As Gracie stood on her cooking stool and crisped the bacon at the stovetop, the aroma filled the kitchen and mixed with the onions I was cutting at the counter. She talked over the bacon’s hiss and sizzle about being a chef someday, quitting cross country, girls at school she liked and didn’t like, boys.

I drifted as she chattered, but snapped back to attention when she said, “And if you’re going to be a writer—”

“I am a writer,” I cut in. I wasn’t sure how we’d come to this. [Read more…]

Fiction is Truer than Fact

img_4595In Jill Lepore’s extraordinary biography of Ben Franklin’s sister Jane, Book of Ages, a short chapter near the end sketches the rise of the novel as a genre. Prior to the eighteenth century, “history” was the genre for telling the stories of lives, and they were always the stories of famous men. Then in the eighteenth century, novels began to be written, but at first they called themselves “histories”: Fielding’s History of Tom Jones, Sterne’s The Life and Opinions of Tristram Shandy are two that Lepore names. Richardson’s epistolary novel Pamela also purported to be real letters that Fielding had discovered.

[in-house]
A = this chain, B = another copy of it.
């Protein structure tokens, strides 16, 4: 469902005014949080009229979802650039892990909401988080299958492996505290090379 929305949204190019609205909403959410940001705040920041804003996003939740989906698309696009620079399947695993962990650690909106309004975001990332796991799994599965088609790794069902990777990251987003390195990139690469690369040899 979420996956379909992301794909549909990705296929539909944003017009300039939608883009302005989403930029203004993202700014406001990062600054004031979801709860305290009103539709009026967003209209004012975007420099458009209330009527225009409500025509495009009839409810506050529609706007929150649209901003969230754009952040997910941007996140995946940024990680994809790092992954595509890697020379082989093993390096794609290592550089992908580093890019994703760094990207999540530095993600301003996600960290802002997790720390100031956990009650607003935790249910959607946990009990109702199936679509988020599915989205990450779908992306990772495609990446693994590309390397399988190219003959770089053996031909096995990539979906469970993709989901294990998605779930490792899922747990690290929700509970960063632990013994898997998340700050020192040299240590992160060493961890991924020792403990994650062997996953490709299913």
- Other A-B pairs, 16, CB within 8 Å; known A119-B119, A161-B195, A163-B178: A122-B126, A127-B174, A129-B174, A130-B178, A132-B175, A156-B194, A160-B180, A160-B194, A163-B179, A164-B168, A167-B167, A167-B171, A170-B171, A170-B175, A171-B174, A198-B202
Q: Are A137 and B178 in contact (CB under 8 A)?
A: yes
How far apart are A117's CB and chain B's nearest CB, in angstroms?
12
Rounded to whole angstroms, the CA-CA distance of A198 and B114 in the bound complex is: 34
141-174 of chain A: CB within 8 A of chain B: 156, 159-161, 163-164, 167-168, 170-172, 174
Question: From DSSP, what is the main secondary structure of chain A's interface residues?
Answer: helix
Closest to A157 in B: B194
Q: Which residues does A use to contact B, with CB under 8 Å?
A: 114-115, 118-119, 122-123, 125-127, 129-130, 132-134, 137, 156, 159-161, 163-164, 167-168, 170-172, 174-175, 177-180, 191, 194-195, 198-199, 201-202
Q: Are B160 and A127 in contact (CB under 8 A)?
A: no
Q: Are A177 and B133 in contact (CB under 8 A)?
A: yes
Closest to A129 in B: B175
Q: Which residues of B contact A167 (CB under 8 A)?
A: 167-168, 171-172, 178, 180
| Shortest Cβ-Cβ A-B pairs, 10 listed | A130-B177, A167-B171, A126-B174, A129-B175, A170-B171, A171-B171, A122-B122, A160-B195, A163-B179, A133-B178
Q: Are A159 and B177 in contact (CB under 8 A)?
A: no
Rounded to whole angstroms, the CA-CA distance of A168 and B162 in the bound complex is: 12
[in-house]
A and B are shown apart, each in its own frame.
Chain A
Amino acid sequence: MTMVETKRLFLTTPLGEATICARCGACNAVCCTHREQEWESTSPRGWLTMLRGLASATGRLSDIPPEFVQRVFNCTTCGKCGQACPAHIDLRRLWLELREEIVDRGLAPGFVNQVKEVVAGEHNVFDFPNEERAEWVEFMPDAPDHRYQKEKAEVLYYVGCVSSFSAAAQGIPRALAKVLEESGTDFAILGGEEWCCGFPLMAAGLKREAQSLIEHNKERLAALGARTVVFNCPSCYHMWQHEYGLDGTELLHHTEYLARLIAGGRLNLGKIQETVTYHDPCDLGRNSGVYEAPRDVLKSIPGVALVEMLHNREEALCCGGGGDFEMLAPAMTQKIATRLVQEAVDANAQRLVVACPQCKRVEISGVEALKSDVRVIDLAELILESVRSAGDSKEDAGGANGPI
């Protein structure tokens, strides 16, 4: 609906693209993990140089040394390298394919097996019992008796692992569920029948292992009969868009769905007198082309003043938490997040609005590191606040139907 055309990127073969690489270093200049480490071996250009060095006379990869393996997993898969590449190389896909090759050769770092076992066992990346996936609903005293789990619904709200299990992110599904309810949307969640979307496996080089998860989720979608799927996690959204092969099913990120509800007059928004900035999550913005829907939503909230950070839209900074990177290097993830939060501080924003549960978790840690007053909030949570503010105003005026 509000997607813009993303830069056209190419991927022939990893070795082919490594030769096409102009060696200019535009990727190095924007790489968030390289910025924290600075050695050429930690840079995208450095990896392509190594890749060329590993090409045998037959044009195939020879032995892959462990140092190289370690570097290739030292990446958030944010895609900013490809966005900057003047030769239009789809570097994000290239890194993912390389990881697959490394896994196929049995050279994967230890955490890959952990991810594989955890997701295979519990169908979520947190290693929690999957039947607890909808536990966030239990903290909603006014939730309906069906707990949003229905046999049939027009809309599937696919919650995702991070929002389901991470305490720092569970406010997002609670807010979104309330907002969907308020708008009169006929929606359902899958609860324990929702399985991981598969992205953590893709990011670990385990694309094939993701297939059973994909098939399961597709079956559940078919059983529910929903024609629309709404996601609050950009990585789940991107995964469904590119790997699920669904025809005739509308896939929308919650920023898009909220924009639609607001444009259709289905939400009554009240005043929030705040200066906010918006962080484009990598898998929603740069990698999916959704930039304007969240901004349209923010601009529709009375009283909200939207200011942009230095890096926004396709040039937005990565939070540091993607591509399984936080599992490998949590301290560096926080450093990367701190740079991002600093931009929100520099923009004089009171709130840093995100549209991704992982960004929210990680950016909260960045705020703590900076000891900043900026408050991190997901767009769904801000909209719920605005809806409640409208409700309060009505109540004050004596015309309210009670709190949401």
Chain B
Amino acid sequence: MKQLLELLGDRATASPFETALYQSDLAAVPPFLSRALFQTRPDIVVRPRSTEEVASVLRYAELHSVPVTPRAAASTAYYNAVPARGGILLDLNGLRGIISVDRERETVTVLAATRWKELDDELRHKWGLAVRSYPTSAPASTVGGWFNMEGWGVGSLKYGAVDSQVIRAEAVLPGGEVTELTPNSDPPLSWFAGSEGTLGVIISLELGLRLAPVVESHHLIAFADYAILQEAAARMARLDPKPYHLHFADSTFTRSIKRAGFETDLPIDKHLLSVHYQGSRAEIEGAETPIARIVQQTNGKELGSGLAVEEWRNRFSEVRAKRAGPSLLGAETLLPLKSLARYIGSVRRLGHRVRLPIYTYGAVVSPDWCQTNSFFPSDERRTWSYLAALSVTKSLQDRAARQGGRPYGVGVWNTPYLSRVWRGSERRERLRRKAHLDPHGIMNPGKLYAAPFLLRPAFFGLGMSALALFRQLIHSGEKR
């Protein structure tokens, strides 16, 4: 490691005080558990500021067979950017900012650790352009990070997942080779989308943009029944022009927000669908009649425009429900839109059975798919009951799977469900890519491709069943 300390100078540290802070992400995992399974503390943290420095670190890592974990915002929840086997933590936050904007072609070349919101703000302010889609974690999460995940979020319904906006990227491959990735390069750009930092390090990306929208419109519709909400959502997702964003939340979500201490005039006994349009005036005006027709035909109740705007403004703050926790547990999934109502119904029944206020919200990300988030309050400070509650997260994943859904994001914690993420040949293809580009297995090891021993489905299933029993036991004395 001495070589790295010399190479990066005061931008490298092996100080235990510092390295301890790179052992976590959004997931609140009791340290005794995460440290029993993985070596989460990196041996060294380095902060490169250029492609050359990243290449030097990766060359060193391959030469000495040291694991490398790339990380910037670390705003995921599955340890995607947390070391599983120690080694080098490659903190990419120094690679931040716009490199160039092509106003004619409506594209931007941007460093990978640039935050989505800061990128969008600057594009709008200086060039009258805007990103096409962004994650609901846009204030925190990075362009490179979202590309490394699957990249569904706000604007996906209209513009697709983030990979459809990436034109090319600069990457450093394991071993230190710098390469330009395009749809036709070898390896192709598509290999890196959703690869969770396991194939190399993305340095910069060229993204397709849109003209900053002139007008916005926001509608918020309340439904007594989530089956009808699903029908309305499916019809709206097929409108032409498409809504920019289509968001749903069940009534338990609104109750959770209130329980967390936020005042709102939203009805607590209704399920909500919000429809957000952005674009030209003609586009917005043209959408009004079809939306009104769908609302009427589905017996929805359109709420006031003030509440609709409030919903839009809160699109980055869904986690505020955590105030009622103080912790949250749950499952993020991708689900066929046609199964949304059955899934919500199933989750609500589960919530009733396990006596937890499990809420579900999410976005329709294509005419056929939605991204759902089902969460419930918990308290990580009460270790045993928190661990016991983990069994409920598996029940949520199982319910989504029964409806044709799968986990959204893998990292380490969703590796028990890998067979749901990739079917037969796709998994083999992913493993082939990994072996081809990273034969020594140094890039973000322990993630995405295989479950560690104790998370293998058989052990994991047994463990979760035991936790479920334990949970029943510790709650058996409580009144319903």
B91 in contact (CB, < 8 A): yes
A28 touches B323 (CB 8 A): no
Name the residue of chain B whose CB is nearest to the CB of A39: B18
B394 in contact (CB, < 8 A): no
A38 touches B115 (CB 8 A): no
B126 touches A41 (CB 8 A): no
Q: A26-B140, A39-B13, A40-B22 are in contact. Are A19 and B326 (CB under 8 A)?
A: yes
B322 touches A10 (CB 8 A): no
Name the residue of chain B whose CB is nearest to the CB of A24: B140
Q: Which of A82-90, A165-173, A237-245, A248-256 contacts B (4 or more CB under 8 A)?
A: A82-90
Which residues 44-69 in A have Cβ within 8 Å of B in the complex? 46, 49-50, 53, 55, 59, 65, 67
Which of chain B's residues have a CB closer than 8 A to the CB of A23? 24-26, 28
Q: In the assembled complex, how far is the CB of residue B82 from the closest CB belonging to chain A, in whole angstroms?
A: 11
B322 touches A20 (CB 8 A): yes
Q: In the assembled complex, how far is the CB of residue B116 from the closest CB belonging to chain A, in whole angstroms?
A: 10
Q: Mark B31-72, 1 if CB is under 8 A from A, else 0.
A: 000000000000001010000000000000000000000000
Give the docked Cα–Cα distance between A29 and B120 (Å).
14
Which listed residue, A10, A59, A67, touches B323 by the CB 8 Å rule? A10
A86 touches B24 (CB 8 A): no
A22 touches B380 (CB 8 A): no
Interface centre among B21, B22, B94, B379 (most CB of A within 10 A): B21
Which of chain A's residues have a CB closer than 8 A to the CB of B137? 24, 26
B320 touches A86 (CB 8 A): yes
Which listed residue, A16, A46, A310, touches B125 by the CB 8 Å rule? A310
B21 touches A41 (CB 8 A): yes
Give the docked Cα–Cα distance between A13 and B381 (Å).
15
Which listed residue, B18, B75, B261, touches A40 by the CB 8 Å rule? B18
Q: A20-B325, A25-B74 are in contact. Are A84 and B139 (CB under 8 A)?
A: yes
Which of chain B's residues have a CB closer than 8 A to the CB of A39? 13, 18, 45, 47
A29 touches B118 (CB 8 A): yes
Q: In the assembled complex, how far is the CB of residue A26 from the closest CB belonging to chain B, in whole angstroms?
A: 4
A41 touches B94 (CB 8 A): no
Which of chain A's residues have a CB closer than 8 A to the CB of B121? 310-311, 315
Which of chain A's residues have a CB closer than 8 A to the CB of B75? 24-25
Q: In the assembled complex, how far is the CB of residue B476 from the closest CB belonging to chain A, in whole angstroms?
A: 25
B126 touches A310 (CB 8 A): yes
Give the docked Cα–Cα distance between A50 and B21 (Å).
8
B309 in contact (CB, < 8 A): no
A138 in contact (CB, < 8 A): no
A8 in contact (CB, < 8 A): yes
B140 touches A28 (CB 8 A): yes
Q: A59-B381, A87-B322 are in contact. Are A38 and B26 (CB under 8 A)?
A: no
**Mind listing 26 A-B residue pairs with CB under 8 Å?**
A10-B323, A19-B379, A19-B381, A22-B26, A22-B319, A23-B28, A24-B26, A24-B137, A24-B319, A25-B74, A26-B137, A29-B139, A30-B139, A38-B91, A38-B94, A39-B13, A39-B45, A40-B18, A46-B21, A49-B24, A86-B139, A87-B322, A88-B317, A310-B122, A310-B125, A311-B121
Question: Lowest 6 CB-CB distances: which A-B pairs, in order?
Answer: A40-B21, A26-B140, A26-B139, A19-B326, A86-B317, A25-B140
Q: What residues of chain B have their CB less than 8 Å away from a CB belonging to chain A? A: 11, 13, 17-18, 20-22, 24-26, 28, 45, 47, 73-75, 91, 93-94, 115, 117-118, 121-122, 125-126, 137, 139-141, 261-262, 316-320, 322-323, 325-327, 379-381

Soon, though, novelists dropped pretense of writing history, because they were convinced that their new genre was truer than history. It was a new kind of biography—of ordinary people—and its truth was founded not in documentary evidence but in human nature.

I was reminded of this while recently reading Kent Haruf’s novels Plainsong, Eventide, and Benediction, all set in his fictional town of Holt, Colorado, on the high dusty plains east of Denver. The small events of very ordinary lives are Haruf’s subject. In a spare, understated style, Haruf creates characters who surprise themselves with a generous gesture, who suffer from depression or loss or the meanness of others, who settle into habits of sadness or of gratitude.

Reading along, I would often stop and think: “this is life as it really is.”

Lepore’s terms helped me understand why I keep reading fiction: because fiction connects me with the truth of other lives. And so with the truth of my own. [Read more…]